Meet Brenda Hicks, NASFAA's 2020-21 National Chair!
Since 1991, Brenda has served Southwestern College in both college admissions and financial aid and is currently the director of financial aid.
Over the years she has been active in state, regional, and national professional associations as a trainer, board member, and committee chair. She has been a recipient of the NASFAA Regional Leadership award and the KASFAA Meritorious Achievement award.
Brenda is a former RMASFAA and KASFAA president and has also previously served on NASFAA's Board of Directors as a regional representative and representative-at-large. She has also been a member of the NASFAA Association Governance Committee and has served on several task forces, including the NASFAA 50th Anniversary task force, the state and regional alliance task force, and the Enhanced Loan Counseling task force.
As she begins her tenure as 2020-21 National Chair, Brenda took some time to discuss with Today's News her goals for the next year and what inspires her as a financial aid professional.
TN: What do you think is the biggest issue facing the federal aid programs right now?
BH: At this point we have a lot of families who are struggling to afford college, and so I think access is big. That's really the big one on my mind.
TN: What are your top three goals for your tenure as National Chair of NASFAA?
BH: My goals are really to keep the ship moving, thinking about volunteers and how that needs to look, and diversity — continuing my commitment to diversity of opinion, thoughts, and habits across the board.
TN: Who has been the biggest professional influence for you over the years, and why?
BH: I've been influenced by a lot of people and it's been a wonderful profession to grow up in, to be honest.
When I think about everyone, there are a lot of people that I have leaned on. One of the things I found about this profession when I wandered in from admissions is that it's kind of like finally finding your tribe. I have run into so many people in this profession who are just solid, true-hearted people with real passion, energy, and kind-heartedness. That has been a huge influence on me.
TN: If I were not working in financial aid, I would…
BH: If I could do anything, I would be a travel writer.
One of my favorite authors is Bill Bryson. I like him because he travels around and tells about people he meets, and that's what I enjoy doing with travel. I enjoy meeting different types of people and just talking — the more of a character you are the more interested I am in you.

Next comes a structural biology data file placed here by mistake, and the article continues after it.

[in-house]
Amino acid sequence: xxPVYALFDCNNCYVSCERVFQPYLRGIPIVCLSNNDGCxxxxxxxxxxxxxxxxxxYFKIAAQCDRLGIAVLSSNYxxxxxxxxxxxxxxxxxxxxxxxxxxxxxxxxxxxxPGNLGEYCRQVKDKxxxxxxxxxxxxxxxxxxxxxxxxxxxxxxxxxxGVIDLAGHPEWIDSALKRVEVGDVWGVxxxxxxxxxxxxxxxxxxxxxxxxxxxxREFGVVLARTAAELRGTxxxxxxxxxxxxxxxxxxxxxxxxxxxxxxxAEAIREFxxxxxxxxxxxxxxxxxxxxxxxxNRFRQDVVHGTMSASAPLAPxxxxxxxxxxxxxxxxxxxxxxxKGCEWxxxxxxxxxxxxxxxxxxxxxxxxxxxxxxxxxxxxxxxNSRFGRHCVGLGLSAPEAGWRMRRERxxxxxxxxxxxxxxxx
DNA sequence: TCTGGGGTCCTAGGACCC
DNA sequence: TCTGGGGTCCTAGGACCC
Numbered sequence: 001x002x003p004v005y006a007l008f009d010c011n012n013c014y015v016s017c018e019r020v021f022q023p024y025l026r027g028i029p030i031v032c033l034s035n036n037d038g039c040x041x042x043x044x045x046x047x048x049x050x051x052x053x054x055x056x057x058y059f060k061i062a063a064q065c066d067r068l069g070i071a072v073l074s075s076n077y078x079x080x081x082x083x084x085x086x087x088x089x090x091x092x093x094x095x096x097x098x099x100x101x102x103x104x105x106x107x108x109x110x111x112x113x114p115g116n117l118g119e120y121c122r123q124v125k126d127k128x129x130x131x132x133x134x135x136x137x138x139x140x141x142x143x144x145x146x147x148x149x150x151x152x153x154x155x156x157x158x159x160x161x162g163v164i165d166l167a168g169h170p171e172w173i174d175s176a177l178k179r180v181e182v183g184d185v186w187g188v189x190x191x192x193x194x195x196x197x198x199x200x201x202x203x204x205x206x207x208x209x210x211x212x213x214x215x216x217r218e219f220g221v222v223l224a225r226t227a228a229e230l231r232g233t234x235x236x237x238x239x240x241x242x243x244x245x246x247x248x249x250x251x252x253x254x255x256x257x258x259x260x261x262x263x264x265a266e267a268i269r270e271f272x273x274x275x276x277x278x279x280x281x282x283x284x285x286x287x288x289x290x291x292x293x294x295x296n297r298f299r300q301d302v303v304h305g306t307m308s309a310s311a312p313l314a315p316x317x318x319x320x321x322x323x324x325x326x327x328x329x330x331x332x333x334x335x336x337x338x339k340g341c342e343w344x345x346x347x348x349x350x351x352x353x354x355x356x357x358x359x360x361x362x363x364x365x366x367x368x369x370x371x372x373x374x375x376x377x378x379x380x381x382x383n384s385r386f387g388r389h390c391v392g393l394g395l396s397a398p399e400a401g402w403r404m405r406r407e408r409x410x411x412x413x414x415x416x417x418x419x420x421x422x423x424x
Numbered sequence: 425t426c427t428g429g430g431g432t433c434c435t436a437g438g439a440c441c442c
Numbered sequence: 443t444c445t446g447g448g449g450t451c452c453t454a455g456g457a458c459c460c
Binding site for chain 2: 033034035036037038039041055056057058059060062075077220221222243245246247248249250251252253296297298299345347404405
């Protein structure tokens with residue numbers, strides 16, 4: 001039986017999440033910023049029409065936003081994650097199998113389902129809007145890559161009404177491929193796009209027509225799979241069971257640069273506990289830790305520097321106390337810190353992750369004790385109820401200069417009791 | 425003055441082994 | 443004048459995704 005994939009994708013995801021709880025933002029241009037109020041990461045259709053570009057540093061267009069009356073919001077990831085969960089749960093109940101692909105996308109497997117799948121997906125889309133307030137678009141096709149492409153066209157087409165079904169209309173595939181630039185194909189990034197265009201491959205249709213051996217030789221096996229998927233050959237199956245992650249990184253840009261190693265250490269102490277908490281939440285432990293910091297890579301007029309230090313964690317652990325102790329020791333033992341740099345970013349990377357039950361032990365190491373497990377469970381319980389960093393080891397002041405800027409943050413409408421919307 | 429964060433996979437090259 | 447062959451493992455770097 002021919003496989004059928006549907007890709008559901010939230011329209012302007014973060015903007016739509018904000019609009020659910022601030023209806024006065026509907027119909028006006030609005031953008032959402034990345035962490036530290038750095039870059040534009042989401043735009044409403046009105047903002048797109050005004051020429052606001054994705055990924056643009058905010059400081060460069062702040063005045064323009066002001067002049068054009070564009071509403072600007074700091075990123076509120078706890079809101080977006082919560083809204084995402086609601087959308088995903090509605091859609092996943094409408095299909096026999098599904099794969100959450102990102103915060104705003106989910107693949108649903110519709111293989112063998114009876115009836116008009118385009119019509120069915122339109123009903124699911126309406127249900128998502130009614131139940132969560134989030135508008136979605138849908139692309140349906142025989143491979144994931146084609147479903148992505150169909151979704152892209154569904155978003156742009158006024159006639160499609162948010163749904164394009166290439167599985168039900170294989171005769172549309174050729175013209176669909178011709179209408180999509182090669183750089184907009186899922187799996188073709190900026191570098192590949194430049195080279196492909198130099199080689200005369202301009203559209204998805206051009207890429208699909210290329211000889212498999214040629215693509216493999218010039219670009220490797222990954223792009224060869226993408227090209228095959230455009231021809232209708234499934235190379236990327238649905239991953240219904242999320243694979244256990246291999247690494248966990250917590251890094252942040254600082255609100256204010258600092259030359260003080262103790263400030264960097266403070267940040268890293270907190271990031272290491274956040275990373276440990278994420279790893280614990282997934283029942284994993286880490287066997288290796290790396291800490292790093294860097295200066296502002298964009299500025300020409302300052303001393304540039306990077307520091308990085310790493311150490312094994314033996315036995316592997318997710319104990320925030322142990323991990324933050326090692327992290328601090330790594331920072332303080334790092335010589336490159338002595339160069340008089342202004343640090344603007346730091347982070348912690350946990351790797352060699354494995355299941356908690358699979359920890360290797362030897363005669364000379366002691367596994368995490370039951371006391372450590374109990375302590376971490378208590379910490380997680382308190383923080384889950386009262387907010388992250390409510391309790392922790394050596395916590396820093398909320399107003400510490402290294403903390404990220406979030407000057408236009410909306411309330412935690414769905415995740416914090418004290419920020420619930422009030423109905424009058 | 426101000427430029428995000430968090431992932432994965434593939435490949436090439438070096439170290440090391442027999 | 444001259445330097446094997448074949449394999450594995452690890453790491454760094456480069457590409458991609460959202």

TN: Do you have a favorite book or movie, or is there something you’ve streamed recently?
BH: I have this game I play with myself in the library — it's a game I played to introduce myself to authors that I don't normally pick up. I go to the library and I have to read a book on each shelf before I can go to the next shelf. I'm in the Tom Clancy section and there are four or five shelves full of his books. He is a prolific guy, so that's a big, long tangent to say I like reading everything.
TN: What’s a new routine you’ve developed since the outbreak of COVID-19?
BH: I am trying out yoga. That's been fun, doing yoga on my phone and on the TV. I have been walking regularly, every day. I practiced meditation for a while, and while it didn't stick with me, deep breathing has, so I'm just trying little things here and there.
TN: My most motivating financial aid experience was…
BH: I know the CARES Act gets a lot of flack for the roll out, but the ability to help those students — we gave our funds to Pell Grant-eligible students in block grants — with that money was hugely satisfying. I knew they had needs, I was able to influence the decision-making there, and get that money in the hands of people who really really need it. That was huge, that felt good.
TN: What NASFAA service/product is most helpful to you?
TN: What gadget or app saves you the most time?
BH: I use Outlook, on my computer and phone — that's my calendar.
TN: What is the best professional advice you have been given?
BH: I think the most important thing to remember when we're working with students is that they're young people who are developing their knowledge. We need to always remember that when we are serving them, they get emotional, they get angry, and it's important not to absorb that and just be. I like to say, “Have a mind like water.”
Take care of yourself so that you can assist, in a real positive way, the people who come to you. They need you to be calm, they need you to be reasonable, and they need you to have grace for their emotional state.
Leave your welcome messages, comments, and congratulations to Brenda in the comments section below!
Publication Date: 7/6/2020